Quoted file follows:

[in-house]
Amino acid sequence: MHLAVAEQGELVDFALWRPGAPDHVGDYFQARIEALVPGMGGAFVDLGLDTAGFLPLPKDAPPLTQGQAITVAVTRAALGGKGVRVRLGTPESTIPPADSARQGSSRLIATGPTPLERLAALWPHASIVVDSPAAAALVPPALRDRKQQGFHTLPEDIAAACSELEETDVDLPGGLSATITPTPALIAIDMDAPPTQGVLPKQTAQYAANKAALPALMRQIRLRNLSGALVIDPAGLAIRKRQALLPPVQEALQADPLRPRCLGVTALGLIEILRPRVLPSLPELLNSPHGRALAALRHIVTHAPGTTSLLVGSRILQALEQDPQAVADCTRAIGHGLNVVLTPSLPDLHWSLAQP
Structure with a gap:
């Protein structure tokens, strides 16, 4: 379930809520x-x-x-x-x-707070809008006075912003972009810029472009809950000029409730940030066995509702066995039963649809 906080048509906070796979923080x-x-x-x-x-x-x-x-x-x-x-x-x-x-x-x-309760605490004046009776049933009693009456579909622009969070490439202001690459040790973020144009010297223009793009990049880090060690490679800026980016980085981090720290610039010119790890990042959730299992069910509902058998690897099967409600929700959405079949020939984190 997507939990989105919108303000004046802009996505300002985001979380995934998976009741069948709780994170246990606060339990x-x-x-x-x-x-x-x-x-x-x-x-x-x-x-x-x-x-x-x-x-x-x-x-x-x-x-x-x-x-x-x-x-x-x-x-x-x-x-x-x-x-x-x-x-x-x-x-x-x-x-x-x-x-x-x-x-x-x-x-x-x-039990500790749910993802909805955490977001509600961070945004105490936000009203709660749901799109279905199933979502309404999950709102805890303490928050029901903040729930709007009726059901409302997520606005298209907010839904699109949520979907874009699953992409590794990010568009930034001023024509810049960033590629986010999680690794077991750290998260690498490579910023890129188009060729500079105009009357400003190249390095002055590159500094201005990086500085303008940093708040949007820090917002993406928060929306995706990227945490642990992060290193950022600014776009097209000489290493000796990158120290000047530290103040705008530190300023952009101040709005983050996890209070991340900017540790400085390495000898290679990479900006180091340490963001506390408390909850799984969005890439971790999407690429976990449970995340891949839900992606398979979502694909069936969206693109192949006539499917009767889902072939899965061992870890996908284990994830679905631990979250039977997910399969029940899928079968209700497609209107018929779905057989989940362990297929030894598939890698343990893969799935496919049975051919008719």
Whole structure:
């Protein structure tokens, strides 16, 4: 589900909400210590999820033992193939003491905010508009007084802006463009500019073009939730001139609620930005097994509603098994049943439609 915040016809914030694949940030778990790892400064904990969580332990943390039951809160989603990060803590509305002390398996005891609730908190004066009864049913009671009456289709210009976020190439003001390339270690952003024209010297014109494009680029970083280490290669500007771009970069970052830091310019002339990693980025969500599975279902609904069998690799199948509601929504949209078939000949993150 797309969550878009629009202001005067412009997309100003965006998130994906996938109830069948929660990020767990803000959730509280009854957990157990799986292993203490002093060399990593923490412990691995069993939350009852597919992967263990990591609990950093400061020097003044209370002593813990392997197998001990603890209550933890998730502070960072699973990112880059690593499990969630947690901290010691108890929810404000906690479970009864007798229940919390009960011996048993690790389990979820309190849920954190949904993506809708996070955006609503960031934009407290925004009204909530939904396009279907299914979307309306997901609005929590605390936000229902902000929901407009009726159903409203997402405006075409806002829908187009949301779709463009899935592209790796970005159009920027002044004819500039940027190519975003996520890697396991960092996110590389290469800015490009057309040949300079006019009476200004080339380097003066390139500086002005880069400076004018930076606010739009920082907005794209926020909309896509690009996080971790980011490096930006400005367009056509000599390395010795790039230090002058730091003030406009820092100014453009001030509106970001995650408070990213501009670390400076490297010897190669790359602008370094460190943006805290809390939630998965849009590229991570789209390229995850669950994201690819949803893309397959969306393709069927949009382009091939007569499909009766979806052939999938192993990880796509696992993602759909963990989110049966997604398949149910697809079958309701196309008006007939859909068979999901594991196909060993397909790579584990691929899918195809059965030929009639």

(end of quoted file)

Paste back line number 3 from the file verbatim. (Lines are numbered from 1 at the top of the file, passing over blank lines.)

Structure with a gap: